The United States Federal Aviation Administration (FAA) has asked airlines to do more to reduce the number of unruly passenger incidents. Well, Delta Air Lines has just made a pretty awesome proposal along those lines.
Delta wants a no-fly list for unruly passengers
Since the start of the pandemic we’ve seen airlines create no-fly lists for passengers who misbehave, especially when it comes to mask compliance. For example, Delta has 1,600+ people on its own list, and other airlines have a significant number of passengers on these lists as well.
The way this is structured, passengers on the list can’t fly with the airline at least for as long as the federal mask mandate is in effect. The catch is that these lists aren’t shared between airlines, so passengers are still free to fly other airlines. That could soon change.
Delta is proposing the concept of a national no-fly list for unruly passengers, whereby airlines would share their lists so that passengers on one of these lists couldn’t fly with any airline. As Delta’s SVP of Inflight Service, Kristen Manion Taylor, wrote the following in a memo to flight attendants:
“We’ve also asked other airlines to share their ‘no fly’ list to further protect airline employees across the industry — something we know is top of mind for you as well. A list of banned customers doesn’t work as well if that customer can fly with another airline.”
Currently the only federal no-fly list in the United States is the one that’s run by the FBI to thwart terrorism.
This is a fantastic idea
Earlier this week the FAA asked airlines to make proposals that would reduce the number of inflight incidents. In 2021 alone we’ve seen nearly 4,300 unruly passenger reports — about 75% were related to wearing masks, and 61% of disruptive passengers also used racist, sexist, or homophobic slurs.
At the time I said that I’m not sure there’s a whole lot more airlines can do. Rather I think the biggest areas of improvement are as follows:
- Airport police needs to arrest people who cause inflight disturbances, rather than releasing them immediately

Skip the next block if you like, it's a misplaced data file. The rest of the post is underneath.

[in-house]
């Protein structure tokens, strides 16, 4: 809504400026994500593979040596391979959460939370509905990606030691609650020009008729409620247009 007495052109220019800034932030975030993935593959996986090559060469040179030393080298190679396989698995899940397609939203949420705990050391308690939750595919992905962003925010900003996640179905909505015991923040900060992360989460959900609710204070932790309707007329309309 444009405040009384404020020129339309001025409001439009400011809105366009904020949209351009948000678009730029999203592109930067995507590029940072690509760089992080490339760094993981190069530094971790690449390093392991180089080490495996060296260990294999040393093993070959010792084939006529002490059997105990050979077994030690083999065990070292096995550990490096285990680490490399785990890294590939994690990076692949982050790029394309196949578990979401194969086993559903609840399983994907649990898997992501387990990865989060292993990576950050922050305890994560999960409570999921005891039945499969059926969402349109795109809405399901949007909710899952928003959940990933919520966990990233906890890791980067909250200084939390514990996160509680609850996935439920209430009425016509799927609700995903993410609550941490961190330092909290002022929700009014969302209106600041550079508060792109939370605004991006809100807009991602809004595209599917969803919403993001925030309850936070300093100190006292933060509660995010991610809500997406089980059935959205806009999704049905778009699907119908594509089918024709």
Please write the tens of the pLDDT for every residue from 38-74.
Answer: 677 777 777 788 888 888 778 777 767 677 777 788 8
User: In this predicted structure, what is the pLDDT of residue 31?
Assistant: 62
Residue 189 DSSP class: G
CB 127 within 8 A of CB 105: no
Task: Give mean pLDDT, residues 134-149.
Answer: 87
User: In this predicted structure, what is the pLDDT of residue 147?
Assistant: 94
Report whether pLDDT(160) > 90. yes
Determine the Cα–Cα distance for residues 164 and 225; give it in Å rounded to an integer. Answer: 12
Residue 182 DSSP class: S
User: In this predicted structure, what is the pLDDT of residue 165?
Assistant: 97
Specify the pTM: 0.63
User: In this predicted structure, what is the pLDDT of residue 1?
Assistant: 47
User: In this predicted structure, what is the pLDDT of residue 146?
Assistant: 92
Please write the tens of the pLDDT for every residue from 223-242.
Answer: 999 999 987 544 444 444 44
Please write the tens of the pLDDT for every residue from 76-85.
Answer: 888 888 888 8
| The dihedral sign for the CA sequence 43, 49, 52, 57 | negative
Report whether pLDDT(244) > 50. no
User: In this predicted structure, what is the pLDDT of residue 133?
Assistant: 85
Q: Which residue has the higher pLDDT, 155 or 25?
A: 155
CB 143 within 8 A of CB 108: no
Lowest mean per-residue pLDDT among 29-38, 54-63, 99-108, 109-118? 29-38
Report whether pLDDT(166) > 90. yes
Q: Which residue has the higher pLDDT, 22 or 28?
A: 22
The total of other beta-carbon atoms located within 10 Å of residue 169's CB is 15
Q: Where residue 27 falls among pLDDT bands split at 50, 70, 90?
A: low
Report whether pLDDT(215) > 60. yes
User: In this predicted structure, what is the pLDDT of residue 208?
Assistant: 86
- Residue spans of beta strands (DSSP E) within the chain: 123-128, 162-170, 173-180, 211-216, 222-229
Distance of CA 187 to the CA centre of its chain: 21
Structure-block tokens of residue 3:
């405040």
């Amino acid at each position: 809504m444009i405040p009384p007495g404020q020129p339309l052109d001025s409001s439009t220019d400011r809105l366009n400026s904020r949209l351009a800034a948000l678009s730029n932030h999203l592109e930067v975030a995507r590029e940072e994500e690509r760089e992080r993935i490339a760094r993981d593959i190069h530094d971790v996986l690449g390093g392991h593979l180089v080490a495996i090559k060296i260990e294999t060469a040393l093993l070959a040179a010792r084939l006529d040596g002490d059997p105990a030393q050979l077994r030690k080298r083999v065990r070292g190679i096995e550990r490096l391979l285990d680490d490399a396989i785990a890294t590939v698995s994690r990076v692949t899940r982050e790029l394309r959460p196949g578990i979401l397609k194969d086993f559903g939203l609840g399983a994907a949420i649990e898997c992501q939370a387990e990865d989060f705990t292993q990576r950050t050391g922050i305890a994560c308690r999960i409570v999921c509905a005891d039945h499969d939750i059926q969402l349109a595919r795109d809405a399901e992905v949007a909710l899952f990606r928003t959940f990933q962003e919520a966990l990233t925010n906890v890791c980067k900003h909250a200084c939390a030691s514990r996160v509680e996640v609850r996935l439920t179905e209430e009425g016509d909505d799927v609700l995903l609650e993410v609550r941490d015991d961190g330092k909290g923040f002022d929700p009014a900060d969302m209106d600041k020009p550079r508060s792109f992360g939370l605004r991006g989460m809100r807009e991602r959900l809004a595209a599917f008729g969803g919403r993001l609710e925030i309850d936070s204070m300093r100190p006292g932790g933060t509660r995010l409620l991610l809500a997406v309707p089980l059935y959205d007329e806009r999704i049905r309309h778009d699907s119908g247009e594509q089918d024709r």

- More people causing inflight disturbances actually need to be prosecuted; currently this is only happening for a tiny fraction of disruptive travelers
That being said, I think Delta’s proposal makes a lot of sense. At the end of the day, temporarily being banned from one airline isn’t that much of a punishment (well, unless you’re a state senator from Alaska), since you can just fly another airline. Essentially threatening to restrict people from being able to travel by air altogether would act as much more of a deterrent, if you ask me.
I’m no lawyer, so I’m not sure what this would look like logistically. Would there be any legal issues with airlines simply sharing these lists with one another, or would the government officially have to be involved?
In the past I would have been worried about airline employees abusing their powers for lists like these, but with the kind of behavior we’ve seen in the past 18 months, I’m much less concerned about that.
Delta is proposing creating a national no-fly list for unruly passengers. Currently each individual airline is maintaining its own list, which just means that someone banned on one airline can fly another airline. I think there’s merit to airlines sharing their list of passengers banned for unruly behavior, so that these people can’t just fly another airline and misbehave there.
We’ve seen some shocking behavior on planes in the past 18 months, and I think the time has come for something like this.
What do you make of Delta’s proposal for a national no-fly list for unruly travelers?